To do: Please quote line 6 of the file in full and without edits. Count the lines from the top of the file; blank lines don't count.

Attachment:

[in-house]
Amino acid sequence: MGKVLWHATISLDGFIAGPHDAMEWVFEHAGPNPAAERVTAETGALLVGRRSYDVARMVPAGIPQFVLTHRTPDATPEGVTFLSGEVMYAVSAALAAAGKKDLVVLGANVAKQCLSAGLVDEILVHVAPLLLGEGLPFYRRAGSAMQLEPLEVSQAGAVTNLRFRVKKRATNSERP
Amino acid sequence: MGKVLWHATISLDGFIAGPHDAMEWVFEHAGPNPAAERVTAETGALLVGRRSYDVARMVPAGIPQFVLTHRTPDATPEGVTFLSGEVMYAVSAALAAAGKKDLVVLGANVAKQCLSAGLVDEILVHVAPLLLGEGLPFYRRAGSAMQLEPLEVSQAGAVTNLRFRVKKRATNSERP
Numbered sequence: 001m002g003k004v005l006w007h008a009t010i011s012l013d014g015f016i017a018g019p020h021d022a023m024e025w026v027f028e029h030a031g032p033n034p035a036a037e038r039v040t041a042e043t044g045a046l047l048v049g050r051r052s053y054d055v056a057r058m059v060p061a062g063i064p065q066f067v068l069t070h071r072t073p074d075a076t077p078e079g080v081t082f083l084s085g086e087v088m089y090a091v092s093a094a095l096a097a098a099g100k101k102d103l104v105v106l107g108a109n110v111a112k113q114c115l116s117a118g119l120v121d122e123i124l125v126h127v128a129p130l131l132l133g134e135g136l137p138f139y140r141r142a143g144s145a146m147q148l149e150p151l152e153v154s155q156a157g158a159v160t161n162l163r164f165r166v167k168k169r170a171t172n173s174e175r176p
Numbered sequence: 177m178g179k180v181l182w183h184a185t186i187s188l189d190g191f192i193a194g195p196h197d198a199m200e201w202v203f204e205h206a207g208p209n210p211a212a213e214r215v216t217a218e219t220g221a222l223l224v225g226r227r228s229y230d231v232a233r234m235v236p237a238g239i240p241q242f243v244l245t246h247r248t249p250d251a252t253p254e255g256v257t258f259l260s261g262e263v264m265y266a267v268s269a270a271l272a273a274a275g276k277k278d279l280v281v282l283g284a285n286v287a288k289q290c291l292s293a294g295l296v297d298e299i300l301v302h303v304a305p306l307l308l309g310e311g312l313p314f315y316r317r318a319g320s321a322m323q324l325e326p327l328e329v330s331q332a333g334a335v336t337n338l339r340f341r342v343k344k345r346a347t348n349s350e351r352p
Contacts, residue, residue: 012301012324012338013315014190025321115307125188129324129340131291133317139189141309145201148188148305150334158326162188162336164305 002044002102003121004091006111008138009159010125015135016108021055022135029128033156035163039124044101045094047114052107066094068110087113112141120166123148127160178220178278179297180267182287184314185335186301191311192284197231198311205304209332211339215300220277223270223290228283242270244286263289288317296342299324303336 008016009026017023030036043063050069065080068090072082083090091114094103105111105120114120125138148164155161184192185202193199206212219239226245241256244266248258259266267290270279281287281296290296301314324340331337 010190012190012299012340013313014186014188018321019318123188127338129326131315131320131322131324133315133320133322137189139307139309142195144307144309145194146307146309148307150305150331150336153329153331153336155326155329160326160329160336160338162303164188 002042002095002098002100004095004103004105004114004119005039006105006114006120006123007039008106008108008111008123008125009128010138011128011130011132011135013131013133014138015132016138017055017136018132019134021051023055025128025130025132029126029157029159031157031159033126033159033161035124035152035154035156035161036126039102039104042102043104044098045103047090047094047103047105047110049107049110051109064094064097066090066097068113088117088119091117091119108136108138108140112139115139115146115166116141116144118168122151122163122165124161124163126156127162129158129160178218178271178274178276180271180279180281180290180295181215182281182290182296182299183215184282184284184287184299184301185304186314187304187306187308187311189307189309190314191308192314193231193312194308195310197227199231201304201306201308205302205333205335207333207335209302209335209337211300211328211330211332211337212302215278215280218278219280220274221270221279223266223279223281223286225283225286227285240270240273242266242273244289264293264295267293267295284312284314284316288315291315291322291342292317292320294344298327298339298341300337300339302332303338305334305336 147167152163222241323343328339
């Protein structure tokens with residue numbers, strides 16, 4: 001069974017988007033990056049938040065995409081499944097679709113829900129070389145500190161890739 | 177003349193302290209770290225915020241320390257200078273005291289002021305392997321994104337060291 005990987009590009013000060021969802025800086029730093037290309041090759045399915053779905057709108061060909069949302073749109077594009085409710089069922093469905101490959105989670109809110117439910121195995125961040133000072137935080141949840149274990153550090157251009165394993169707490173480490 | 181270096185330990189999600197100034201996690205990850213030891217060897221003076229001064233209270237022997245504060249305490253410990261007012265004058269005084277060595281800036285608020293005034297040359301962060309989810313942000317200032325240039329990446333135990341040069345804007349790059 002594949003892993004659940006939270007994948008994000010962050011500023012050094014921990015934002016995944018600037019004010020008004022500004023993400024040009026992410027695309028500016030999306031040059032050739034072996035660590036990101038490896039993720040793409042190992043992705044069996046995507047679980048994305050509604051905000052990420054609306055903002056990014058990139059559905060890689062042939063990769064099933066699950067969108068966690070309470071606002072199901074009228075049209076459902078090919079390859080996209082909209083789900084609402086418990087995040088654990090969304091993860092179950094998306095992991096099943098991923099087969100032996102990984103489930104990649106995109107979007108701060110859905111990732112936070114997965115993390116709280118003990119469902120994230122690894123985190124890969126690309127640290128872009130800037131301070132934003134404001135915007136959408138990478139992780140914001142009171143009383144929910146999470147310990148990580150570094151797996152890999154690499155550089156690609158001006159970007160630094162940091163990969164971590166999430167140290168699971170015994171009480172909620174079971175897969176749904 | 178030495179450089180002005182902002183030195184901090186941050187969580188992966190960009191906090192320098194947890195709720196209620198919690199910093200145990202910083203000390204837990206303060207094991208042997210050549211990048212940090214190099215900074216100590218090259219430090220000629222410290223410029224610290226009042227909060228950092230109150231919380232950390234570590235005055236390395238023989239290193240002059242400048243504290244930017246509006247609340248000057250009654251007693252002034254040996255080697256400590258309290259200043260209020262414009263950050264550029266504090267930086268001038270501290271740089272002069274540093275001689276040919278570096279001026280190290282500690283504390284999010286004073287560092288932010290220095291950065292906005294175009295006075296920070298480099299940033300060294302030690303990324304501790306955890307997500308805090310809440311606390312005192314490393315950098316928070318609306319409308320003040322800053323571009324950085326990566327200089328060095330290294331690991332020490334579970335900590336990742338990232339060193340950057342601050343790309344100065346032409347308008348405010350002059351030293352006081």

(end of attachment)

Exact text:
Contacts, residue, residue: 012301012324012338013315014190025321115307125188129324129340131291133317139189141309145201148188148305150334158326162188162336164305 002044002102003121004091006111008138009159010125015135016108021055022135029128033156035163039124044101045094047114052107066094068110087113112141120166123148127160178220178278179297180267182287184314185335186301191311192284197231198311205304209332211339215300220277223270223290228283242270244286263289288317296342299324303336 008016009026017023030036043063050069065080068090072082083090091114094103105111105120114120125138148164155161184192185202193199206212219239226245241256244266248258259266267290270279281287281296290296301314324340331337 010190012190012299012340013313014186014188018321019318123188127338129326131315131320131322131324133315133320133322137189139307139309142195144307144309145194146307146309148307150305150331150336153329153331153336155326155329160326160329160336160338162303164188 002042002095002098002100004095004103004105004114004119005039006105006114006120006123007039008106008108008111008123008125009128010138011128011130011132011135013131013133014138015132016138017055017136018132019134021051023055025128025130025132029126029157029159031157031159033126033159033161035124035152035154035156035161036126039102039104042102043104044098045103047090047094047103047105047110049107049110051109064094064097066090066097068113088117088119091117091119108136108138108140112139115139115146115166116141116144118168122151122163122165124161124163126156127162129158129160178218178271178274178276180271180279180281180290180295181215182281182290182296182299183215184282184284184287184299184301185304186314187304187306187308187311189307189309190314191308192314193231193312194308195310197227199231201304201306201308205302205333205335207333207335209302209335209337211300211328211330211332211337212302215278215280218278219280220274221270221279223266223279223281223286225283225286227285240270240273242266242273244289264293264295267293267295284312284314284316288315291315291322291342292317292320294344298327298339298341300337300339302332303338305334305336 147167152163222241323343328339